Thobs Wraps: A Display of Ekasi’s Unique Palates

The Thobs Wraps restaurant in Vosloorus is a unique spot that you would not expect in the township- it’s like a laid-back beach bar when one can unwind after a long day over cocktails and their homemade wraps which come in various flavours.

The Product: Thobs Wraps’ succulent wrap. Photo supplied

Founder and owner of Thobs Wraps, Thobile Sibeko says her creativity and passion for food is what drove her to start the business. “I’ve enjoyed cooking from a young age. I wanted to bring something different to the township. Our community is very open minded about food, I also thought the timing was right because we opened at the beginning of COVID and people were excited to eat something completely different,” Sibeko tells Spot-On.

The eatery opened its doors literally 14 days before the 21 days of lockdown level five. “12 March 2020. I kept opening as they were allowing us to only do pickups, it was a real roller coaster,” says Sibeko.

Their wraps are filled with smoked chicken, sweet chilli pork, beef, bacon & cheese, boerewors, fish. While you can quench your thirst with their Gemere Cocktail, Lemon & cranberry mojito.

Boss Lady: Thobile Sibeko. Photo supplied

Sibeko says “we are planning to introduce more products to our menu” Although on Fridays they have the Klipa Friday which is a R100 special where one can get four wraps, two smoked chicken and two boerewors and 1L free of the in-house cocktail.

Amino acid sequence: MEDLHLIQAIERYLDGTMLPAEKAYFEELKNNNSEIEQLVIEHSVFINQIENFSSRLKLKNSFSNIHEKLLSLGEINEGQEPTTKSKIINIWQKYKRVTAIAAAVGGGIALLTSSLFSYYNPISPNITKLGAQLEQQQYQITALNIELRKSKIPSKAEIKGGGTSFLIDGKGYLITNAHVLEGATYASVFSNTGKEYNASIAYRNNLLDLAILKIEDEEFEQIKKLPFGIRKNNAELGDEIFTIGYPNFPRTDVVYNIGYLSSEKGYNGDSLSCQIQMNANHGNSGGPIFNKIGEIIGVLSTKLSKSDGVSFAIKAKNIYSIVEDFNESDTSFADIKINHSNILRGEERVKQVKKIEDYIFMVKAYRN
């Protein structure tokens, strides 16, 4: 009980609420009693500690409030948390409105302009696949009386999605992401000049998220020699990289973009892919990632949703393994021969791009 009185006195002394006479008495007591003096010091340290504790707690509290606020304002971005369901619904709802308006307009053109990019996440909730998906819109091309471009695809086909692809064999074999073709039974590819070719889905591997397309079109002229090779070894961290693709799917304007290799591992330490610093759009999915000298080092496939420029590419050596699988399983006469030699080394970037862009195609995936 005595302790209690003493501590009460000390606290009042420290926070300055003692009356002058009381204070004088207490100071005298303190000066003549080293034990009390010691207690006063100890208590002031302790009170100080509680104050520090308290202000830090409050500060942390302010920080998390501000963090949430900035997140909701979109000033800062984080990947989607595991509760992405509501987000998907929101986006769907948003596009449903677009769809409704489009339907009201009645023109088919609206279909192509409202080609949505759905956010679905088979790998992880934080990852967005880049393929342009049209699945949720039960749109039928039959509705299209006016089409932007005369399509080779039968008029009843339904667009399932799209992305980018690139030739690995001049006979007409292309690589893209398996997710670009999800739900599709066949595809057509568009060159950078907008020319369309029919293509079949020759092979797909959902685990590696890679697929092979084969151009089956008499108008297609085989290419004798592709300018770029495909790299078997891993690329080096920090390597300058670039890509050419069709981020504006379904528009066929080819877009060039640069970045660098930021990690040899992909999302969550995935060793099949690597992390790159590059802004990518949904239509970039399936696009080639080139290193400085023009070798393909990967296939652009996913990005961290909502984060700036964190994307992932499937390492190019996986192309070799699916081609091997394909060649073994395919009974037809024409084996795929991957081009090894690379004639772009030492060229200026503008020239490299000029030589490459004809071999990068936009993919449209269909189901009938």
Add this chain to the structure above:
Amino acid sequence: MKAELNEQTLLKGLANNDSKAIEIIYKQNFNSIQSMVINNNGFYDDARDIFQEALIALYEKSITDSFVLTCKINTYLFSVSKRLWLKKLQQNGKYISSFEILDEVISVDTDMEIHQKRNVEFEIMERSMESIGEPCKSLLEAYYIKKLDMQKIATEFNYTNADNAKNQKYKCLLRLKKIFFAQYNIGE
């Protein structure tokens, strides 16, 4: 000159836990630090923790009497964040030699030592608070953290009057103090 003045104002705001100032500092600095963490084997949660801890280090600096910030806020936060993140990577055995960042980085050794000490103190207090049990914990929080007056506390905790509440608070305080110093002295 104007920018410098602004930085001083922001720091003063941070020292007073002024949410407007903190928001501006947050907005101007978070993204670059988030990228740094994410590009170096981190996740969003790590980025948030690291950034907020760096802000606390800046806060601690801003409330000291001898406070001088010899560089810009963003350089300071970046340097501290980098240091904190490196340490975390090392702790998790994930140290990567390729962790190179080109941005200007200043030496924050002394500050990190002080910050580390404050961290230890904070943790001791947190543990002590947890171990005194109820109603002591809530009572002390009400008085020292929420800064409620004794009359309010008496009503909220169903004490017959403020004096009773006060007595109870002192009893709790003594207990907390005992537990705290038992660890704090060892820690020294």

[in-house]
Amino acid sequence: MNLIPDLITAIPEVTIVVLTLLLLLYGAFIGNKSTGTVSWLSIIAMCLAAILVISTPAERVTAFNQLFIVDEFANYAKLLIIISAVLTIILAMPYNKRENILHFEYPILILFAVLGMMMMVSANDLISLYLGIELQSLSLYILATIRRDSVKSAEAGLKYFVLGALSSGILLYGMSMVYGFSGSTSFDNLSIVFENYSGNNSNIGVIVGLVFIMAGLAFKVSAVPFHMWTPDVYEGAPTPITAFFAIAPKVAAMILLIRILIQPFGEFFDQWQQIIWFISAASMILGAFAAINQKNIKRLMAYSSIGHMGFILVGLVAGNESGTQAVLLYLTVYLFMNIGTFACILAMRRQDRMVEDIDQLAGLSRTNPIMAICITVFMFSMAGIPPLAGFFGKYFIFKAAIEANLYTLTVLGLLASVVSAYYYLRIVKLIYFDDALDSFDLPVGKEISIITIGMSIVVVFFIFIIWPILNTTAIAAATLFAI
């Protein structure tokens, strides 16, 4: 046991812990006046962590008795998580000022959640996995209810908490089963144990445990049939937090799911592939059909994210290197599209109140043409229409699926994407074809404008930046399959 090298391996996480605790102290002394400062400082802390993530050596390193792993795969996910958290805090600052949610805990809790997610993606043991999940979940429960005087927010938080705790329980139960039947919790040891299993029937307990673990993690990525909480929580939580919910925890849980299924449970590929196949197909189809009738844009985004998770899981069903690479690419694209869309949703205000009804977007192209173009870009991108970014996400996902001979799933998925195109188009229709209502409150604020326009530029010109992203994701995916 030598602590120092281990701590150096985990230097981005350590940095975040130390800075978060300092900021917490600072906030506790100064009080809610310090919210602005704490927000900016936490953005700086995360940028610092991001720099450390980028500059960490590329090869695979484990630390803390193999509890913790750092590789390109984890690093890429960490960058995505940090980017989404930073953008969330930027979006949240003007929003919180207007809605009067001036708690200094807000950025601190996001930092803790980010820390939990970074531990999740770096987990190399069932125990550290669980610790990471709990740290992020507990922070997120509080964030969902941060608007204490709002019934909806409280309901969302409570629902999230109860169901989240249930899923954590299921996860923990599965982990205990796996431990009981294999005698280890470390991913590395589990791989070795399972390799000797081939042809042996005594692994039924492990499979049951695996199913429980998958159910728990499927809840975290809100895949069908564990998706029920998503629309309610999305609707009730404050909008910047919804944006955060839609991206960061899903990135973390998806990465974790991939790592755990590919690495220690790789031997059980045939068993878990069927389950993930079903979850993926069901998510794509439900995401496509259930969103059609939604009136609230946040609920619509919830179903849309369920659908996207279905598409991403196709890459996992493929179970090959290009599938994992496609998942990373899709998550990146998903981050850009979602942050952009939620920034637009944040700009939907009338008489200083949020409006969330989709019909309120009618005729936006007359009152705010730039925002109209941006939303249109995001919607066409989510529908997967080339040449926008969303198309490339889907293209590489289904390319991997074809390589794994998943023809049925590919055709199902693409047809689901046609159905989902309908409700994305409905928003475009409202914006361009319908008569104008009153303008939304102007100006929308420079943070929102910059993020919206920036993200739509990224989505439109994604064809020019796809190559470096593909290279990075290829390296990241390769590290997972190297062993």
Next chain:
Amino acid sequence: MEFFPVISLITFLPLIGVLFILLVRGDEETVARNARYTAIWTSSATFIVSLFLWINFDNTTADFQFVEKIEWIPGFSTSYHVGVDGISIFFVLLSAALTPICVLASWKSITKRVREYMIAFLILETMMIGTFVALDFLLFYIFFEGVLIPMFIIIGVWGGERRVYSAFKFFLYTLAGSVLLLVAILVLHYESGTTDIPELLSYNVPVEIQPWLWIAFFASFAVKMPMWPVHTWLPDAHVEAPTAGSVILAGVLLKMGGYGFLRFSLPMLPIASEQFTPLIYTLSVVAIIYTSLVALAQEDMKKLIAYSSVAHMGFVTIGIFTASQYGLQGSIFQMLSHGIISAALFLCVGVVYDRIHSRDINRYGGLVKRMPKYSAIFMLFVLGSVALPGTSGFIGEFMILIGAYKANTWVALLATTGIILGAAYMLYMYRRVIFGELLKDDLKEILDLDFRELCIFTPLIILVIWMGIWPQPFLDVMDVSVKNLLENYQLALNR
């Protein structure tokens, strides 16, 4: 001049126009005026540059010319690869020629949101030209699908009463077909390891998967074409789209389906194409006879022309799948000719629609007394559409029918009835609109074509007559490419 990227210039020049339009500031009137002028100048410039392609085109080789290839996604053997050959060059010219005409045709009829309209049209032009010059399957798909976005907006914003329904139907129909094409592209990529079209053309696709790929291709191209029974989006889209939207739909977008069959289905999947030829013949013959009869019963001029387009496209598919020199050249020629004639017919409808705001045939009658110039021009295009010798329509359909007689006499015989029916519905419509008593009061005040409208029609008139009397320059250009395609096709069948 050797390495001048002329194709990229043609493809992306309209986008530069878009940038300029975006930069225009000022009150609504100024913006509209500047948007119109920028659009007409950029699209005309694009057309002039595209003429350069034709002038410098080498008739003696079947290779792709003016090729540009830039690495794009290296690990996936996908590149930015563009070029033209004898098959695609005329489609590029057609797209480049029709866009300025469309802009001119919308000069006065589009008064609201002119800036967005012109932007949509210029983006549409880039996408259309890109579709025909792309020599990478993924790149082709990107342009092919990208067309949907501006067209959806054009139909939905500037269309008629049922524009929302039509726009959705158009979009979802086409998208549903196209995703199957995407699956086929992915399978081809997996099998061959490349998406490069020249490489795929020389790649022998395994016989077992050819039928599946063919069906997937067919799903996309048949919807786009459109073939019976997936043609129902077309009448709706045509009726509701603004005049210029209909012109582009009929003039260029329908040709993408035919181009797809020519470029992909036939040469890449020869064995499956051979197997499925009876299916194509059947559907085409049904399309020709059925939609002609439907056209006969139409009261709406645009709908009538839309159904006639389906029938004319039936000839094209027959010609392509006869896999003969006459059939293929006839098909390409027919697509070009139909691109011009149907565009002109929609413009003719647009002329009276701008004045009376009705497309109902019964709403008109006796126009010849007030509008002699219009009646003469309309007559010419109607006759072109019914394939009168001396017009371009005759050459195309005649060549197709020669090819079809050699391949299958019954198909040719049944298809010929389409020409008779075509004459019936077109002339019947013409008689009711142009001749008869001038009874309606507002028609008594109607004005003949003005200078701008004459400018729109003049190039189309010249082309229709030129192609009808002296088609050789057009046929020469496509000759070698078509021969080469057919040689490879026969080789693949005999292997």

The restaurant is located on municipal land, so Sibeko doesn’t pay rent but had to apply for a work permit to operate there. “I pay for electricity and water,” she says. Thobs Wraps opens every day from 09h00 to 18h00. “I have invested in gas equipment, we make the wraps manually when there is no electricity, that’s how we started anyways, so it takes us back to humble beginnings,” the owner says of how she counters the persistent blackouts from Eskom.

The Team: Thobs Wraps employees draped in their branded aprons

The business currently employs three people and Sibeko says her biggest challenge though is the inflation. “The price increase in oil, petrol, food is a real challenge as we also need to increase our prices to stay afloat.” This is made worse because she doesn’t get any assistance from the government.

Find out more about the business here